For now, capitalist economic theory starts with the assumption that any attempt to settle an economic crisis, such as an inflationary crisis, must not, as John Maynard Keynes wrote in 1923, ‘disappoint the rentier’. Wealthy bondholders and major capitalist institutions control the policy orientation of the global north so that the value of their money — trillions of dollars held by a minority — is secure. They cannot, as Keynes wrote nearly a hundred years ago, be disappointed.
The anti-inflation policies driven by the United States and the Eurozone are not going to ease the burdens on the working class in their countries, and certainly not in the debt-ridden global south. Chairman of the US Federal Reserve Jerome Powell admitted that his monetary policy ‘will cause some pain’, but not across the entire population. More honestly, Amazon’s Jeff Bezos tweeted that ‘inflation is a regressive tax that most hurts the least affluent’. Rising interest rates in the North Atlantic make money far more expensive for ordinary people in that region, but they also make borrowing in dollars to pay off national debts in the global south virtually impossible. Raising interest rates and tightening the labour market are direct attacks on the working class and developing nations.
There is nothing inevitable about the class warfare of the governments of the global north. Other policies are possible; a few of them are listed below:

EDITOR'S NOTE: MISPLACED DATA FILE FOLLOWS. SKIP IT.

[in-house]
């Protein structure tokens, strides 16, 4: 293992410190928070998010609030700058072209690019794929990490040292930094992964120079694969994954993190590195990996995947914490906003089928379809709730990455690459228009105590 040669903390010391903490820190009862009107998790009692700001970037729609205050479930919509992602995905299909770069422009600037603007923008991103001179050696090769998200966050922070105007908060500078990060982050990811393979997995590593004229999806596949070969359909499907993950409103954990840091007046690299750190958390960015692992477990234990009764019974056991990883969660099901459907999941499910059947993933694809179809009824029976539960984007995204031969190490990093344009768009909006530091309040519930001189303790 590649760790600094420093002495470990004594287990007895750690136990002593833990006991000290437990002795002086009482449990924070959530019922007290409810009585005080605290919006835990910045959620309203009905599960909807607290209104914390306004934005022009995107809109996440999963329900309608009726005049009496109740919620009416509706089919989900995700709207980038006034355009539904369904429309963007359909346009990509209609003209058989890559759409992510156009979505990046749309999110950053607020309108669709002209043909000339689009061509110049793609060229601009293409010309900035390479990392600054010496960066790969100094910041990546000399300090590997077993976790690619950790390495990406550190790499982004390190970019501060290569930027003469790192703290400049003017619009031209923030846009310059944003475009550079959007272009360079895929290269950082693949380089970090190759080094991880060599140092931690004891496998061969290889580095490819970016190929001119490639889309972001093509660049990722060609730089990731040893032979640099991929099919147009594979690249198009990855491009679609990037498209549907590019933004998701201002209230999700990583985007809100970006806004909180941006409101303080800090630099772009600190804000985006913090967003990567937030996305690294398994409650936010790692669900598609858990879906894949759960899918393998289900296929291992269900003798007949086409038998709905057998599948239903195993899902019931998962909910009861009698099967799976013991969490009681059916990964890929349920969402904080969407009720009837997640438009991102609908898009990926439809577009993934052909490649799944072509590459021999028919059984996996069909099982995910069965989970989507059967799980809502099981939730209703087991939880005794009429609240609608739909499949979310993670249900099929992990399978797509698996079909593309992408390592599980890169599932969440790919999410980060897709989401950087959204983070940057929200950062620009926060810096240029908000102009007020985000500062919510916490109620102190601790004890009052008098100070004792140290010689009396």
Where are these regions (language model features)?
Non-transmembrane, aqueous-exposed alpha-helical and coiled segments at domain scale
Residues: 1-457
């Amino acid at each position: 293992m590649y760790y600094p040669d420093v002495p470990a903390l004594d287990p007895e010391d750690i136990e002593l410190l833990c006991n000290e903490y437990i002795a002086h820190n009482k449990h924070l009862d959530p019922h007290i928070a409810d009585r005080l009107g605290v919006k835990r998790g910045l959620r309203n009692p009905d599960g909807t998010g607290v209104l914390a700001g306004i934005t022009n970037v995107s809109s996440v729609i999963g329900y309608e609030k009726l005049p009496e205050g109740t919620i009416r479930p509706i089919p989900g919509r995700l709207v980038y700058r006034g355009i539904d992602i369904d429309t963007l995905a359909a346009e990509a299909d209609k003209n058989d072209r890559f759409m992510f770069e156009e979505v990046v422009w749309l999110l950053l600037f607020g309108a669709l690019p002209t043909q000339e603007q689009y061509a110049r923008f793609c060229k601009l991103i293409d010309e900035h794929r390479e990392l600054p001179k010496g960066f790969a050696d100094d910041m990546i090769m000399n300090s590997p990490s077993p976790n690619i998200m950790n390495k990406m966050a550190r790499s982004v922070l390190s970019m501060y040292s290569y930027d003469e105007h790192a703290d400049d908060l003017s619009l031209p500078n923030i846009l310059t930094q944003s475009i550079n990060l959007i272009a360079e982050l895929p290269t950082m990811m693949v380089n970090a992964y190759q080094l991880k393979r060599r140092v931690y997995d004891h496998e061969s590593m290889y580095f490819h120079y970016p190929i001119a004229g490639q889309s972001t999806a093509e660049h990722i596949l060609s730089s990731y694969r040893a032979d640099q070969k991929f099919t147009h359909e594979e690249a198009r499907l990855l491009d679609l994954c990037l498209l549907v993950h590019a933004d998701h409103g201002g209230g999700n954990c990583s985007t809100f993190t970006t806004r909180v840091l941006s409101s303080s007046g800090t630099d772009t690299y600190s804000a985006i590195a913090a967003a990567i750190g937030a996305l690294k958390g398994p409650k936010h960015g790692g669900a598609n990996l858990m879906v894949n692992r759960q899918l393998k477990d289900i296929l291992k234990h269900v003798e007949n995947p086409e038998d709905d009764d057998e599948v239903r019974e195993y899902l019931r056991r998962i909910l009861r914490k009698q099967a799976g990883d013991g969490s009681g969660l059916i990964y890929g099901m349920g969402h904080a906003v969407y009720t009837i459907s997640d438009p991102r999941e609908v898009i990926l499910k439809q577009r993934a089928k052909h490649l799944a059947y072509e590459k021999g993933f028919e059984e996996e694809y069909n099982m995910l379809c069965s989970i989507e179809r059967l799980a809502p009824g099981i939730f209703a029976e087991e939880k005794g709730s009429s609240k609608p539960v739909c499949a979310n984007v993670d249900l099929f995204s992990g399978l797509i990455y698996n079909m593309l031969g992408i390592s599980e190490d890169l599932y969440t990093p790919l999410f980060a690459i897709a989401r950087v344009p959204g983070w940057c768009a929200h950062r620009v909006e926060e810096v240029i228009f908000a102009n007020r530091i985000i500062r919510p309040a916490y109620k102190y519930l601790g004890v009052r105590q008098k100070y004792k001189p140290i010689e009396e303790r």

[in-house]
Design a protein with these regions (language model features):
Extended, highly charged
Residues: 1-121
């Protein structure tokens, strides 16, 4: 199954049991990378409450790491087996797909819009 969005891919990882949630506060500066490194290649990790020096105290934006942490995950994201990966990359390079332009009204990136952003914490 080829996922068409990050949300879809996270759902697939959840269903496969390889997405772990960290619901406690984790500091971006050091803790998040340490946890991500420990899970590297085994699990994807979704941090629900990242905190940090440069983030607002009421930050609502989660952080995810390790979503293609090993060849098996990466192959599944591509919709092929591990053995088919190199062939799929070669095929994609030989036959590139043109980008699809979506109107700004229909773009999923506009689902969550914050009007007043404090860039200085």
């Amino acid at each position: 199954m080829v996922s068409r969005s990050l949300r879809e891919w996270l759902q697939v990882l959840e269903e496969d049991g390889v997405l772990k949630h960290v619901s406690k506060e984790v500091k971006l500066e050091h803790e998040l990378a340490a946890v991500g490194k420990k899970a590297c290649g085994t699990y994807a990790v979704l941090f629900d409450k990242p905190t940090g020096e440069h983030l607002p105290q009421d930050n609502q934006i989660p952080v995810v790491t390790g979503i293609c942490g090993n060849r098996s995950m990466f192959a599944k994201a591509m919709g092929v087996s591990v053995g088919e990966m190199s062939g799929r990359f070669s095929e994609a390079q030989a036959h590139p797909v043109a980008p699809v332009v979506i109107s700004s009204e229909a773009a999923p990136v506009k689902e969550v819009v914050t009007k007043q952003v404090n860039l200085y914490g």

— Tax the global wealthy. There are 2,668 billionaires in the world who are worth $12.7 trillion; the money they hide in illicit tax havens adds up to about $40 trillion. This wealth could be brought into productive social use. As Oxfam notes, the richest 10 men have more wealth than 3.1 billion people, 40 per cent of the world population.
— Tax large corporations, whose profits have escalated beyond imagination. US corporate profits are up by 37 per cent, far ahead of inflation and compensation increases. Ellen Zentner, the chief US economist of the leading financial services company Morgan Stanley, argues that, during the long depression, there has been an ‘unprecedented’ plunge in the share of the gross domestic product earned by the working class in the United States. She has called for a return to a more just profit-wages balance.